I may not read every tweet from my friends. Sorry. I will, however, answer all my @replies and DM’s. I also like to quickly scan through the past 100 or so tweets and see if anything jumps out. If you engage in a conversation with me, I will reciprocate.

The users on the other end of my TweetDeck are people not “tweeps” (I’m sorry, I just can’t use some of the lingo). Therefore, I want to benefit from our mutual relationship. All of that can be done during a few 5 minute tweet breaks, IF I make sure I’m disciplined enough to be focused on other work for the rest of the day. The minute Twitter is more a distraction than a tool is when I cease to use Twitter.

Picture 4 Follow People Who Add Value

follow

So far, I’ve determined the value of Twitter (and tried to remove the extraneous), and set boundaries for myself as to how much time I will spend on Twitter. Now it’s time to actually look at who I’m following.

I want my network to be of value to my followers. I’m in the process of removing everyone that hasn’t followed me back (with a few exceptions). When I’m done with that I’ll go through and look at the profiles of my friends and fans to see if they add value to my Twitter experience.

So what am I looking for when I look at someone’s Twitter profile?

Common Interests
You can check out my bio to find out the top 4 or 5 things that are of interest to me. If you are following me just in the hopes that I’ll follow you back so that you can increase your popularity, don’t count on it.

An Expert Resource
Most of the people I follow are not experts, but there are a few people that I’ve hand-picked that provide expertise in an area that is of interest to me (and therefore, are probably of interest to my followers as well). I would rather have friends on Twitter and not fans or followers, but in some cases, I’m willing to follow someone who doesn’t follow me back simply because I respect him or her and recognize they are probably too busy to tweet me up.

Willingness to Dialogue
Other than a few “experts” who don’t follow me back I mostly want friends that are interested in dialogue. A profile that only has announcements and no @replies is a bad sign. Chances are you aren’t actually going to dialogue with me, you just want to type at me.

Opportunity for Mutual Benefit
An occasional retweet is expected among friends. I RT other’s content on maybe a 5:1 ratio before I hope someone will RT mine (I’d like that to be closer to 10:1). If we believe in what we are writing on our blogs then let’s do everything we can to help one another succeed. I assume that when a friend of mine on Twitter writes a post he believes what he’s writing. I want to give you a chance to get that message out to as large an audience as possible. I follow people who share this same value.

Thoughtful Questions
I love when someone is working on a blog post and they get the feedback or advice of their friends on Twitter before posting. Or maybe when you are working on a project or a sermon, how can we help you be the best church leader you can be? This adds valuable to my experience when I get to be a part of your research and hopefully it adds value to your experience because you get live feedback.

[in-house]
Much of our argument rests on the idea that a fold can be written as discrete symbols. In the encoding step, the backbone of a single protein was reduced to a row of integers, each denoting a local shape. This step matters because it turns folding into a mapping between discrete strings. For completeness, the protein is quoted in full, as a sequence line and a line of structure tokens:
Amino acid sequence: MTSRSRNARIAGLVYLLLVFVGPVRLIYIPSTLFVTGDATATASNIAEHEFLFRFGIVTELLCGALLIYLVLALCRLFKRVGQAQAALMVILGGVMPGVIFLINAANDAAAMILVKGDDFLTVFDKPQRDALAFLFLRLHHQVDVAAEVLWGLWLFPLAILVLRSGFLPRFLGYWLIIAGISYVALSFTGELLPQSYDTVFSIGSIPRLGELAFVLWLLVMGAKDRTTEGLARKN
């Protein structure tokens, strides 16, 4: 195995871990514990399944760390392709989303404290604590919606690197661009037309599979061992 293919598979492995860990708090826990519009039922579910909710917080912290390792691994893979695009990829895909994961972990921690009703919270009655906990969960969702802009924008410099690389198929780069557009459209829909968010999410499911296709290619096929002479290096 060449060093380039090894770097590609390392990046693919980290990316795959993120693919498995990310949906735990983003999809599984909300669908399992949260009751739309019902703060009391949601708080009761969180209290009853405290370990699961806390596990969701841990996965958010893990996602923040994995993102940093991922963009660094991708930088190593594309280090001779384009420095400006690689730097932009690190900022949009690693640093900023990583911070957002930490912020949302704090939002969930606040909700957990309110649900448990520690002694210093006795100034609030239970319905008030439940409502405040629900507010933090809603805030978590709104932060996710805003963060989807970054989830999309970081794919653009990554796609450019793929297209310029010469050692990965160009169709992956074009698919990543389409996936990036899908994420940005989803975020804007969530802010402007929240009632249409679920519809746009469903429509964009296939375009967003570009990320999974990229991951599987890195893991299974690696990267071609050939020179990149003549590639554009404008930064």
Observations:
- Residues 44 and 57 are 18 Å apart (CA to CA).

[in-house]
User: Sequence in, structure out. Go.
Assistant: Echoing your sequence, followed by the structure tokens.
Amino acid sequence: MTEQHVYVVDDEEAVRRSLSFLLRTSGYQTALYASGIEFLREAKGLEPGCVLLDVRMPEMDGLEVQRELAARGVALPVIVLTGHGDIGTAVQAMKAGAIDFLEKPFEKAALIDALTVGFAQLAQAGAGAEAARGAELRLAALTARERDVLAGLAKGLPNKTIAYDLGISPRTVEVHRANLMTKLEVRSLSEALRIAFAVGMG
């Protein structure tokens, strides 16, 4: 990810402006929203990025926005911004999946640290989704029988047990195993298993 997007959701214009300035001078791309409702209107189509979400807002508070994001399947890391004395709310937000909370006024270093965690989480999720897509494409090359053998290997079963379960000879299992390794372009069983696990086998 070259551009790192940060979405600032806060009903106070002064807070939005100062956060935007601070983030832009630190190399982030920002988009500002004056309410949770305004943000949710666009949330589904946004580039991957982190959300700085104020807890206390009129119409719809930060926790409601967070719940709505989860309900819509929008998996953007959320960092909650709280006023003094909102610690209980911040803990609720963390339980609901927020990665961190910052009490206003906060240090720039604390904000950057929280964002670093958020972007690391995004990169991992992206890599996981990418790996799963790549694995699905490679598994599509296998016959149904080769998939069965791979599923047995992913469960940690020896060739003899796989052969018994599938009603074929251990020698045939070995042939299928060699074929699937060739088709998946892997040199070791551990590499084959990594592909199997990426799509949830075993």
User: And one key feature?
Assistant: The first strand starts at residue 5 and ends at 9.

A Descriptive Bio and Picture
Okay, this is probably the easiest thing you can do to let people know who you are and what you are about. The 160 character limit helps clarify what you are passionate about. If we have anything in common, I’ll know it just by clicking on your name. Take the time or I won’t follow you.

If you aren’t willing to do a few of these things, then chances are I won’t follow you. Or, if I’m already following you, it might be grounds for unfollowing, which happens to be the next item on my Twitter To-Do List.

Picture 4 Unfollow People Who Don’t Add Value

unfollow

I am in the process of unfollowing the following people (or not following them in the first place):

Incessant Self-Promoters
These are the people that are only on Twitter to drive traffic to their blog or website. There’s no rule against that, but I personally won’t be following you (unless it’s a really, really good blog).

Narcissistic Exhibitionists
You don’t want me standing outside your window watching everything you are doing. So why are you telling me about it? There are some people that just think we are all waiting to hear what you are eating for breakfast or how you lost your keys. It’s silly at best, and narcissistic at worst and a waste of ministry time.

There are even several people I follow who are big church leadership gurus and they often tweet about a conversation they are having in real-time with a real person. I’ve tweeted ONCE in the presence of a live human being. Whoever you are with, be with them and make the most of that interaction. If you have to tell me about the conversation, tell me about it later!

I also don’t want to know about things when you are driving. There have been too many accidents in the Boston area alone due to texting while driving. These are all grounds for an unfollow. The daily, trivial aspects of your life, just aren’t that interesting and if that’s the majority of your content, consider yourself unfollowed.

Bible Syndicators
I have a version of the Bible that I read each day. An occasional tweet about a verse that really struck you is one thing, but for those that tweet verse after verse all day long, stop it. I’m in agreement that the Bible is the Word of God, and I spend as much time as I can studying it and living it as possible but Twitter is not my source for God’s Word.

#hashtag Enthusiasts
A tweet that already is limited to 140 characters cannot be about 5 different things. Make your tweets relevant and focused. Two or more hashtags just make your tweet hard to read. If your tweet is about church planting give it the #churchplanting hashtag. There’s no need to also add #churchplants, #churchplanters, #churches, and #christians.